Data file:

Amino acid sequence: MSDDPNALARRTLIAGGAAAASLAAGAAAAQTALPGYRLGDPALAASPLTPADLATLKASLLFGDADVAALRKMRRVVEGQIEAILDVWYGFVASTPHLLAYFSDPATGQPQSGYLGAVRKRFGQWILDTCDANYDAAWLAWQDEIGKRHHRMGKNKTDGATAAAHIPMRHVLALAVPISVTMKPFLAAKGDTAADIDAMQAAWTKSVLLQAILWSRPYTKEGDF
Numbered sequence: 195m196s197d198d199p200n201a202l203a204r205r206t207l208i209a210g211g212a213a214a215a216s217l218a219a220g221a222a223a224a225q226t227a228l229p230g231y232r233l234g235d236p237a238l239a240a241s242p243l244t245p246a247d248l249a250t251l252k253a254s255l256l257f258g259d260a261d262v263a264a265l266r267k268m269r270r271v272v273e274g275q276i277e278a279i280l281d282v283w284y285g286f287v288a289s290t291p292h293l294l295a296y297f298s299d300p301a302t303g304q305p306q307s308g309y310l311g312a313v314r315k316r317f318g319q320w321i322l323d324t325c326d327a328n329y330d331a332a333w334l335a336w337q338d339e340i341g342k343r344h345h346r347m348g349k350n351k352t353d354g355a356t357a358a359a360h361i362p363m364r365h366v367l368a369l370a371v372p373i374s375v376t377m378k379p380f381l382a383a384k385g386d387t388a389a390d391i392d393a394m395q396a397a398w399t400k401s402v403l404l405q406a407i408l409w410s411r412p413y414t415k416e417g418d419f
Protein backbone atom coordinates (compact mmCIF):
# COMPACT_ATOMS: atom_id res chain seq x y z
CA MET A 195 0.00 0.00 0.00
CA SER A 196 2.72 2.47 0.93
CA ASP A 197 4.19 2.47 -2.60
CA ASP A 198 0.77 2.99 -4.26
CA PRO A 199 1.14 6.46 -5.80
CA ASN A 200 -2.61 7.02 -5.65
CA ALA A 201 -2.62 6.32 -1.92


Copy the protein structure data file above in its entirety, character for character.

Amino acid sequence: MSDDPNALARRTLIAGGAAAASLAAGAAAAQTALPGYRLGDPALAASPLTPADLATLKASLLFGDADVAALRKMRRVVEGQIEAILDVWYGFVASTPHLLAYFSDPATGQPQSGYLGAVRKRFGQWILDTCDANYDAAWLAWQDEIGKRHHRMGKNKTDGATAAAHIPMRHVLALAVPISVTMKPFLAAKGDTAADIDAMQAAWTKSVLLQAILWSRPYTKEGDF
Numbered sequence: 195m196s197d198d199p200n201a202l203a204r205r206t207l208i209a210g211g212a213a214a215a216s217l218a219a220g221a222a223a224a225q226t227a228l229p230g231y232r233l234g235d236p237a238l239a240a241s242p243l244t245p246a247d248l249a250t251l252k253a254s255l256l257f258g259d260a261d262v263a264a265l266r267k268m269r270r271v272v273e274g275q276i277e278a279i280l281d282v283w284y285g286f287v288a289s290t291p292h293l294l295a296y297f298s299d300p301a302t303g304q305p306q307s308g309y310l311g312a313v314r315k316r317f318g319q320w321i322l323d324t325c326d327a328n329y330d331a332a333w334l335a336w337q338d339e340i341g342k343r344h345h346r347m348g349k350n351k352t353d354g355a356t357a358a359a360h361i362p363m364r365h366v367l368a369l370a371v372p373i374s375v376t377m378k379p380f381l382a383a384k385g386d387t388a389a390d391i392d393a394m395q396a397a398w399t400k401s402v403l404l405q406a407i408l409w410s411r412p413y414t415k416e417g418d419f
Protein backbone atom coordinates (compact mmCIF):
# COMPACT_ATOMS: atom_id res chain seq x y z
CA MET A 195 0.00 0.00 0.00
CA SER A 196 2.72 2.47 0.93
CA ASP A 197 4.19 2.47 -2.60
CA ASP A 198 0.77 2.99 -4.26
CA PRO A 199 1.14 6.46 -5.80
CA ASN A 200 -2.61 7.02 -5.65
CA ALA A 201 -2.62 6.32 -1.92